Pharma Ad Report Disputed
“Families USA is using WorldCom accounting,” said Richard Smith, president of policy ad research for the Pharmaceutical Research and Manufacturers of America. “The only way the group can get a number for promotion that is higher than pharmaceutical R&D spending is to disguise the operating costs of running a business in their figures. Even Families USA has so-called "administrative costs" like electric bills, rent and trash collection.”
The Families USA report was released as the Senate is continuing debate on a bill that would limit the amount of money pharmaceutical companies could spend on advertising. The theory behind the bill is that if the drug companies spend less on ads, they will drop prices on widely used prescriptions. The American Association of Advertising Agencies is opposing the bill and has promised to challenge it in court, if it passes. The Families USA report isolates the top ten drug companies and compares R&D budgets to marketing, advertising and administration. For example, Prozac manufacturer Eli Lilly, according to Families USA, spends 19 percent of revenue on R&D and 30 percent on marketing and administration. Smith claims Families USA is misleading the public by including administration costs in the report, which are unrelated to marketing expenses. Families USA says its indicative of a focus on marketing, rather than R&D.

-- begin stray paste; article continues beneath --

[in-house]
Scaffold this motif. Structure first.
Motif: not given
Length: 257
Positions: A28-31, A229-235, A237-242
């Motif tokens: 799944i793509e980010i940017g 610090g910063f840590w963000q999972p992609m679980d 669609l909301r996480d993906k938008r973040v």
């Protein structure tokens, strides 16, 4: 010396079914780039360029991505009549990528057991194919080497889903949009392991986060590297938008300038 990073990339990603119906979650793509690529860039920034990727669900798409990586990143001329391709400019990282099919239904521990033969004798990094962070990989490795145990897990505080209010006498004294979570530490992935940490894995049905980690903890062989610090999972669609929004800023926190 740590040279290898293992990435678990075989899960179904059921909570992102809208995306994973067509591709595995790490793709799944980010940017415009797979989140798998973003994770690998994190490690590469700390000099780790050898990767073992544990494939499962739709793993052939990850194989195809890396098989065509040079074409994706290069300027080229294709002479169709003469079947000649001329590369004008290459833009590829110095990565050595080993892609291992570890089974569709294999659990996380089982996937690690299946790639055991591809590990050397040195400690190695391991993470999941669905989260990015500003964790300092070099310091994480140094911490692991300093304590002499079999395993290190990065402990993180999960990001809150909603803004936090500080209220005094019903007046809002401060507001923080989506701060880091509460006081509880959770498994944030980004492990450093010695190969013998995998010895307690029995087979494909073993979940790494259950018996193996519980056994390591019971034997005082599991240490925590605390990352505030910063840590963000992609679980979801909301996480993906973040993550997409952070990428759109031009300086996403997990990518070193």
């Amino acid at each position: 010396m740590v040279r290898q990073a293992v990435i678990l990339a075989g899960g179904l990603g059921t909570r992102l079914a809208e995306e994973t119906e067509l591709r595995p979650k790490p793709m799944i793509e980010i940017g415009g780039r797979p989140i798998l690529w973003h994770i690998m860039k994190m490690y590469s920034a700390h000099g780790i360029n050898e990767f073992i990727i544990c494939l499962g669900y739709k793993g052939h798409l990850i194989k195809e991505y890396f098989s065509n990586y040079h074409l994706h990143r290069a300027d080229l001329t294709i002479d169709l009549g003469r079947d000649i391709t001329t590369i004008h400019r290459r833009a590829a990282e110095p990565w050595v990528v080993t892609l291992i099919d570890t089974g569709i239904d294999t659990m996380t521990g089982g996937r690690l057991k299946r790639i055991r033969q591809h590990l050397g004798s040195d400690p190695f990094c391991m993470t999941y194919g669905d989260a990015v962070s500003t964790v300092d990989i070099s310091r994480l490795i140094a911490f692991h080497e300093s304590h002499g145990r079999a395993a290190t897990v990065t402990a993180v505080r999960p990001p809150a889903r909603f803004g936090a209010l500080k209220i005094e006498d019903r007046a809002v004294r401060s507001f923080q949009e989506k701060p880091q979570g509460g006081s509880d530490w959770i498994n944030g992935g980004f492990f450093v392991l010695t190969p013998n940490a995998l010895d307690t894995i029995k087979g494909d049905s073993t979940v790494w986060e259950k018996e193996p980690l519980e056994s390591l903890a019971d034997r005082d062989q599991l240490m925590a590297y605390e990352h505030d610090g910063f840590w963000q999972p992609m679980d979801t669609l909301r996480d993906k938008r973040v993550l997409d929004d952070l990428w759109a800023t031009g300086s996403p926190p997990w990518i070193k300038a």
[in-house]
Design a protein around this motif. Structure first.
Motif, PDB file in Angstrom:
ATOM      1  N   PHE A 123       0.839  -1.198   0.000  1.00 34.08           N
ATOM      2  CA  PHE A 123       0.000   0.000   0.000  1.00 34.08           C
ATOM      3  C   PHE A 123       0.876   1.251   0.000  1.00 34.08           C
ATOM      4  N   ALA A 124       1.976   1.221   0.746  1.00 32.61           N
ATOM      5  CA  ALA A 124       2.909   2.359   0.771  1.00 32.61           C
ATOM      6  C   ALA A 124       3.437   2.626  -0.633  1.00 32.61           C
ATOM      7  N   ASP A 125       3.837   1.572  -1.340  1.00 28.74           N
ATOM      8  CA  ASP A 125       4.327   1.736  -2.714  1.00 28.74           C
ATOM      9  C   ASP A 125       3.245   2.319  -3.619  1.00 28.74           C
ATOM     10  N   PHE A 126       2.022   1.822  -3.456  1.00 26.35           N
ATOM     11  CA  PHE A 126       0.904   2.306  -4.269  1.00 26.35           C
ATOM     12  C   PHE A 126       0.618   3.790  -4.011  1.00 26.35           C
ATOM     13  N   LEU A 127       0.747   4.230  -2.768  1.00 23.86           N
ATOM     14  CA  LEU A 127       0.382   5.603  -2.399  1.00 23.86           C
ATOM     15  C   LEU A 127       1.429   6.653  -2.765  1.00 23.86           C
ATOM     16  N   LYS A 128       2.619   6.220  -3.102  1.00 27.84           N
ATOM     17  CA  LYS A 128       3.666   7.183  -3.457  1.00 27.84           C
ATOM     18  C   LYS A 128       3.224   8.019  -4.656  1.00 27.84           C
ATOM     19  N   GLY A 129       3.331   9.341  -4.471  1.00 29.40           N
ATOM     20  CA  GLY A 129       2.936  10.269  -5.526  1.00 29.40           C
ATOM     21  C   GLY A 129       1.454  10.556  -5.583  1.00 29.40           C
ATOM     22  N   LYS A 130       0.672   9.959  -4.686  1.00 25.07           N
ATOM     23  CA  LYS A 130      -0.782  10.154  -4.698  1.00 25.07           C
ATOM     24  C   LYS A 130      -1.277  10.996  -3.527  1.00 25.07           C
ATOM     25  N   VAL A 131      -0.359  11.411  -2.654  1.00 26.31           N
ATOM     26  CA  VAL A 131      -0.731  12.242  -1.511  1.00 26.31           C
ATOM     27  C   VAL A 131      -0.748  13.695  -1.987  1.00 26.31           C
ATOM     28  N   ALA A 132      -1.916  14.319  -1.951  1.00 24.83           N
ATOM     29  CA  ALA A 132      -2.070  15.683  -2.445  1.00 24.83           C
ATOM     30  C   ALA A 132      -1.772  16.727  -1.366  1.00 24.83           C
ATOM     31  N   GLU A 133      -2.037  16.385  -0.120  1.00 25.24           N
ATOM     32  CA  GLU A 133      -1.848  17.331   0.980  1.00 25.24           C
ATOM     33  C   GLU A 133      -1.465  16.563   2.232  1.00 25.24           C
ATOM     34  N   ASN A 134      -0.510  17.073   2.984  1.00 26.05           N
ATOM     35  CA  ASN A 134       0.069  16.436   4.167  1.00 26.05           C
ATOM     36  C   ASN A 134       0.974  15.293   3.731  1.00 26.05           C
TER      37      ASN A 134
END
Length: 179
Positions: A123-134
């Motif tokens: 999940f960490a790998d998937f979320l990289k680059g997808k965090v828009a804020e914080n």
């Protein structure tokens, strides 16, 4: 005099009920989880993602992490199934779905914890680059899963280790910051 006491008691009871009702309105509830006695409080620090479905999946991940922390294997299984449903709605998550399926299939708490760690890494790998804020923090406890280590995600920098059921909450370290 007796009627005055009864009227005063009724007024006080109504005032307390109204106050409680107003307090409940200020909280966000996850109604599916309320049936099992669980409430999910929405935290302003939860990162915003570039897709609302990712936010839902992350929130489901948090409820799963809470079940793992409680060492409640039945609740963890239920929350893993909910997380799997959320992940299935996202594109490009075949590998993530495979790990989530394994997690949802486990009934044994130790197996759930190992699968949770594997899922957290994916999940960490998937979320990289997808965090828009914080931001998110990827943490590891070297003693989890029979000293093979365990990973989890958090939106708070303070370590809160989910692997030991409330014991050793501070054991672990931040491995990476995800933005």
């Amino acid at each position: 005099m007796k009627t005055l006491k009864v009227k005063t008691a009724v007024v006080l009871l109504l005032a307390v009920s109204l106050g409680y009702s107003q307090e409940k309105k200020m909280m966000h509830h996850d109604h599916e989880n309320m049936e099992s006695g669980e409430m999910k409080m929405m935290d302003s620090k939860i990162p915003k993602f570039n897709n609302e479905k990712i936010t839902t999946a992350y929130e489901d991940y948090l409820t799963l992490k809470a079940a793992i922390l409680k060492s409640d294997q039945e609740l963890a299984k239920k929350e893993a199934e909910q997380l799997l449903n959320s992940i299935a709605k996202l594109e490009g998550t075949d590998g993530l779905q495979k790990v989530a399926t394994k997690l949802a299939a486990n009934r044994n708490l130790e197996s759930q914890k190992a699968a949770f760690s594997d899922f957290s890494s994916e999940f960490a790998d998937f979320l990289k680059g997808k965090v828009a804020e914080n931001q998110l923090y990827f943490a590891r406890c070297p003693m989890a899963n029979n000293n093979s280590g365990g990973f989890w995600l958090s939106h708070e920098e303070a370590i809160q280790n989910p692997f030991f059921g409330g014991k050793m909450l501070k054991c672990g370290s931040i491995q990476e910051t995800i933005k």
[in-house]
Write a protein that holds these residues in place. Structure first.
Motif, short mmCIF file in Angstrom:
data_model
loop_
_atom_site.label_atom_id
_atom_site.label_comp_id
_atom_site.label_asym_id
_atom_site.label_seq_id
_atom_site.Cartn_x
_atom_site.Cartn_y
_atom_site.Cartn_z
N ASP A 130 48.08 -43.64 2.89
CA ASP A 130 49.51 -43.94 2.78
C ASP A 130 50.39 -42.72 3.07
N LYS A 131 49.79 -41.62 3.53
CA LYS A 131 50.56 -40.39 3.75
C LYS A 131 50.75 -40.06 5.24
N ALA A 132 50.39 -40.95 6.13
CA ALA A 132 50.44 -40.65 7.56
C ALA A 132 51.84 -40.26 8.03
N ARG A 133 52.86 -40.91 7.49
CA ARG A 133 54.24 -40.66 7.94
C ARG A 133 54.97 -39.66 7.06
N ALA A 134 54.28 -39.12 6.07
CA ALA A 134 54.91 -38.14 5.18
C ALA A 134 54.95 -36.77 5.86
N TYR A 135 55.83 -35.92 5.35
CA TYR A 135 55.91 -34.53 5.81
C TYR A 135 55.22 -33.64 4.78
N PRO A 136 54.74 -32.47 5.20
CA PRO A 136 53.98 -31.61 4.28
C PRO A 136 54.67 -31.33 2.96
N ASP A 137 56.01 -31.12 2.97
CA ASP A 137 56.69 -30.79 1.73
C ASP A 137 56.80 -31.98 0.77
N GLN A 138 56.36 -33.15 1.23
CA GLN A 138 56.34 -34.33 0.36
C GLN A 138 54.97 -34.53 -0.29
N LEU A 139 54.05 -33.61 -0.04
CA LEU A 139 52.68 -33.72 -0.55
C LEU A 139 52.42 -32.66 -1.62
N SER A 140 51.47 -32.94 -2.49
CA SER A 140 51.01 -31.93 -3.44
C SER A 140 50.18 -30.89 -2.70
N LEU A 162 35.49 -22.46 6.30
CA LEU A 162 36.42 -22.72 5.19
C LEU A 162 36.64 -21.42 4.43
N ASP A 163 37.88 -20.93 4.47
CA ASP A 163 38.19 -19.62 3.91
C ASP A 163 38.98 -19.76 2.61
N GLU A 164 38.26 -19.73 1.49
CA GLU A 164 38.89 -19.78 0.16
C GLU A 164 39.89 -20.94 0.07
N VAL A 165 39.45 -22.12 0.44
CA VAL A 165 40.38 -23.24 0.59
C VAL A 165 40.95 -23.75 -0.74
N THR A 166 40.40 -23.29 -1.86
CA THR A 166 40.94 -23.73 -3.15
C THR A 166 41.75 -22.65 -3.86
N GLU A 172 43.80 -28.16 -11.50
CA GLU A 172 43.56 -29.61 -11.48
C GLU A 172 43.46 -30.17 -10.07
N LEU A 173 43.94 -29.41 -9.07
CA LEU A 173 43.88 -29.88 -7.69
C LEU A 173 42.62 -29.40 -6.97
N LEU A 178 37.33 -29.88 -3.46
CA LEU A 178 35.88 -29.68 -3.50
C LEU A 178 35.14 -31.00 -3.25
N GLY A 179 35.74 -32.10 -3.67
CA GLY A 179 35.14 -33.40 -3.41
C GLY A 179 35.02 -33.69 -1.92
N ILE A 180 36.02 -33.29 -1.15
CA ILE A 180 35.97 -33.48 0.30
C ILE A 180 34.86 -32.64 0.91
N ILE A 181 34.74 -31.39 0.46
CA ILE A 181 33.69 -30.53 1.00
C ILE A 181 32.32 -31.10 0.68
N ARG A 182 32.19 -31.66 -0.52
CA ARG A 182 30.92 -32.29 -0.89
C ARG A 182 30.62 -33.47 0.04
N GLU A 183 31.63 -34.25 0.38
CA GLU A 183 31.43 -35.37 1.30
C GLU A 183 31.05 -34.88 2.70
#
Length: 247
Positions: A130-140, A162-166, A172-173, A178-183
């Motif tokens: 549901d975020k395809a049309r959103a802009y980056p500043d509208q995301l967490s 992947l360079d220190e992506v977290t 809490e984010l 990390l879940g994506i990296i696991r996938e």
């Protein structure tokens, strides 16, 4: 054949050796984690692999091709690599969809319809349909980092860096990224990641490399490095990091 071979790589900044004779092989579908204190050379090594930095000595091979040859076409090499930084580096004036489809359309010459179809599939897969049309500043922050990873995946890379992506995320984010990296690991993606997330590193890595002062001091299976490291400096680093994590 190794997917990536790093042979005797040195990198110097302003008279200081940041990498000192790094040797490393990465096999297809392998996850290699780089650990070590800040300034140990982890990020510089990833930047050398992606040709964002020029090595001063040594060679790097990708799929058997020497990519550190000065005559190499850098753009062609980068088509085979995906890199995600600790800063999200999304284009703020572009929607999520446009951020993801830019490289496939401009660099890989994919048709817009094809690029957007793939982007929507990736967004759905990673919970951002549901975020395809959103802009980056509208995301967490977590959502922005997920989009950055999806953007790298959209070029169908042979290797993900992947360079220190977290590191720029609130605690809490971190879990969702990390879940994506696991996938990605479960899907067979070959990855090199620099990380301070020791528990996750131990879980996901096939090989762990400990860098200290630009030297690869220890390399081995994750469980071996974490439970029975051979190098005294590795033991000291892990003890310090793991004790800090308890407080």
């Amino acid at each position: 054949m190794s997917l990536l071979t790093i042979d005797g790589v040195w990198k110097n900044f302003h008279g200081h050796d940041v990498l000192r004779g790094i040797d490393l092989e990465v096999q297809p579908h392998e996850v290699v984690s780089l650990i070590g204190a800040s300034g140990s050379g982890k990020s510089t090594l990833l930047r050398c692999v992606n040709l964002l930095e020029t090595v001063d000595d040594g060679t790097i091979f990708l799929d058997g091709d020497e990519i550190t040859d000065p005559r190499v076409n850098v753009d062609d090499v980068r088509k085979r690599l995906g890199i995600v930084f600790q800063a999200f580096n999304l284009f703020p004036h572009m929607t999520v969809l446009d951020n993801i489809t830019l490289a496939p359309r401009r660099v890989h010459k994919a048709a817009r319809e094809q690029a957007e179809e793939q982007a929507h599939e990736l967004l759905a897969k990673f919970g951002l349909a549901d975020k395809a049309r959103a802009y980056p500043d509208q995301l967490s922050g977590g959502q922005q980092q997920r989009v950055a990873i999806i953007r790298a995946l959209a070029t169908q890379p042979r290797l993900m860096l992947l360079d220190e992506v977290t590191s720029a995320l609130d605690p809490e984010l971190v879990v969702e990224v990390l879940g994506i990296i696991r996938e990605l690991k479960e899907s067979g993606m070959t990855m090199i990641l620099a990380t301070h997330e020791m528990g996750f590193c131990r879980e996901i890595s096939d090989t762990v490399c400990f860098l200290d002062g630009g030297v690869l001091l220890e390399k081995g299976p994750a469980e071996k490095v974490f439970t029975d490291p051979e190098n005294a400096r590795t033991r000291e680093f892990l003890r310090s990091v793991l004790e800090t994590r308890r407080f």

“If we’re using WorldCom accounting that is an insult to the members of Mr. Smith’s organization,” says Families USA’s executive director Ron Pollack. “We are taking our data from what his member companies give to the FTC. We’re using what they report and they report marketing and administration costs together.”
Not so, says Smith. He claims that last year, PhRMA member companies spent $30.3 billion on new drug research and development. He says the industry spent about $9 billion on promotion to consumers and doctors and about $10 billion on free drug samples. “When Families USA attacks our promotional spending, they are really attacking the $10 billion in free drug samples that we give away each year to doctors who often use these free medicines to help needy patients. That's not very family-friendly,” he said.
A survey of top drug companies earnings reports on Dow Jones supports Pollack’s claims. Pollack says he has nothing against the ad agencies or even the drug companies that are advertising their products on TV and in print. Regarding the widely reported claim that the enforced drug ad cuts will lower prices, he says that is not the main goal of his organization’s efforts.